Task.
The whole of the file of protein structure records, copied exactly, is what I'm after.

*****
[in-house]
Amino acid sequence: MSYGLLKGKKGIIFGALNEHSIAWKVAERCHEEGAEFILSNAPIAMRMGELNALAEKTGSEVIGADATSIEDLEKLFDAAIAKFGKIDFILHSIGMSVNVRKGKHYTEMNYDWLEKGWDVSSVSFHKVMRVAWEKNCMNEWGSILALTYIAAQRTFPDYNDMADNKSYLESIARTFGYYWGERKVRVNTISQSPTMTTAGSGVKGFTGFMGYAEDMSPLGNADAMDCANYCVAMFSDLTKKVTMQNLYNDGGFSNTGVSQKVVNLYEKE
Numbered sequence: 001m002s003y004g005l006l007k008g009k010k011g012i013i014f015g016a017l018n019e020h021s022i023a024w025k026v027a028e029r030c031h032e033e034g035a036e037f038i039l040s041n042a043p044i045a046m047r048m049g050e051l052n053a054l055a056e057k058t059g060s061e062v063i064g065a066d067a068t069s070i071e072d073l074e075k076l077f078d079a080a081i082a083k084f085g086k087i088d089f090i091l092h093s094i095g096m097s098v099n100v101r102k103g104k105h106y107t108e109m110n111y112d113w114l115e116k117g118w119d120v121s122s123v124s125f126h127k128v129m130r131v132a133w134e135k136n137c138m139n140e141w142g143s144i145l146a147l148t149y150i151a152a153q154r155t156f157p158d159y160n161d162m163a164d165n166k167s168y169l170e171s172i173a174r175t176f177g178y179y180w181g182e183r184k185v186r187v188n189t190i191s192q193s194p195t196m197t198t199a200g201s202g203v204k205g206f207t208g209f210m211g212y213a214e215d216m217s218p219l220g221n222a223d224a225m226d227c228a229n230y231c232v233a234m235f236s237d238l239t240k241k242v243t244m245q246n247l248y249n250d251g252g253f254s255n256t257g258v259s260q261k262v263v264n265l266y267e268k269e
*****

[in-house]
Amino acid sequence: MSYGLLKGKKGIIFGALNEHSIAWKVAERCHEEGAEFILSNAPIAMRMGELNALAEKTGSEVIGADATSIEDLEKLFDAAIAKFGKIDFILHSIGMSVNVRKGKHYTEMNYDWLEKGWDVSSVSFHKVMRVAWEKNCMNEWGSILALTYIAAQRTFPDYNDMADNKSYLESIARTFGYYWGERKVRVNTISQSPTMTTAGSGVKGFTGFMGYAEDMSPLGNADAMDCANYCVAMFSDLTKKVTMQNLYNDGGFSNTGVSQKVVNLYEKE
Numbered sequence: 001m002s003y004g005l006l007k008g009k010k011g012i013i014f015g016a017l018n019e020h021s022i023a024w025k026v027a028e029r030c031h032e033e034g035a036e037f038i039l040s041n042a043p044i045a046m047r048m049g050e051l052n053a054l055a056e057k058t059g060s061e062v063i064g065a066d067a068t069s070i071e072d073l074e075k076l077f078d079a080a081i082a083k084f085g086k087i088d089f090i091l092h093s094i095g096m097s098v099n100v101r102k103g104k105h106y107t108e109m110n111y112d113w114l115e116k117g118w119d120v121s122s123v124s125f126h127k128v129m130r131v132a133w134e135k136n137c138m139n140e141w142g143s144i145l146a147l148t149y150i151a152a153q154r155t156f157p158d159y160n161d162m163a164d165n166k167s168y169l170e171s172i173a174r175t176f177g178y179y180w181g182e183r184k185v186r187v188n189t190i191s192q193s194p195t196m197t198t199a200g201s202g203v204k205g206f207t208g209f210m211g212y213a214e215d216m217s218p219l220g221n222a223d224a225m226d227c228a229n230y231c232v233a234m235f236s237d238l239t240k241k242v243t244m245q246n247l248y249n250d251g252g253f254s255n256t257g258v259s260q261k262v263v264n265l266y267e268k269e